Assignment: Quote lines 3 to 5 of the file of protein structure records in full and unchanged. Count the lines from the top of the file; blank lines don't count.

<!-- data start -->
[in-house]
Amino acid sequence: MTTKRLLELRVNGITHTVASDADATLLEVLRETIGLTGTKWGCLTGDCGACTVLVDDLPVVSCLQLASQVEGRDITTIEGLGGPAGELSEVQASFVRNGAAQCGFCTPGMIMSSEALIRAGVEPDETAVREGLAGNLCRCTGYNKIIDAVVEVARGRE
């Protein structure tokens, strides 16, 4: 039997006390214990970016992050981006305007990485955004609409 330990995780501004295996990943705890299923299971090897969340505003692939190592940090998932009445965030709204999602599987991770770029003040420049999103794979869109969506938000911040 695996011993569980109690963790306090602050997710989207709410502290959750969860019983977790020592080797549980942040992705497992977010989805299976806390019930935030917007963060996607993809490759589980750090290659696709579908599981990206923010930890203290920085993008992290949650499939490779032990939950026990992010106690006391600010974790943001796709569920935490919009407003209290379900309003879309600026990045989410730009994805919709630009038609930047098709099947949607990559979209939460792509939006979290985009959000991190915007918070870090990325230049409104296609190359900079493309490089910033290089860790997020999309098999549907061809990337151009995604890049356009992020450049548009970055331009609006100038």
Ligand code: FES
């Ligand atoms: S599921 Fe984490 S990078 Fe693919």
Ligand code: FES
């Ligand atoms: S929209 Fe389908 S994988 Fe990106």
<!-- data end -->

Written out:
């Protein structure tokens, strides 16, 4: 039997006390214990970016992050981006305007990485955004609409 330990995780501004295996990943705890299923299971090897969340505003692939190592940090998932009445965030709204999602599987991770770029003040420049999103794979869109969506938000911040 695996011993569980109690963790306090602050997710989207709410502290959750969860019983977790020592080797549980942040992705497992977010989805299976806390019930935030917007963060996607993809490759589980750090290659696709579908599981990206923010930890203290920085993008992290949650499939490779032990939950026990992010106690006391600010974790943001796709569920935490919009407003209290379900309003879309600026990045989410730009994805919709630009038609930047098709099947949607990559979209939460792509939006979290985009959000991190915007918070870090990325230049409104296609190359900079493309490089910033290089860790997020999309098999549907061809990337151009995604890049356009992020450049548009970055331009609006100038």
Ligand code: FES
């Ligand atoms: S599921 Fe984490 S990078 Fe693919």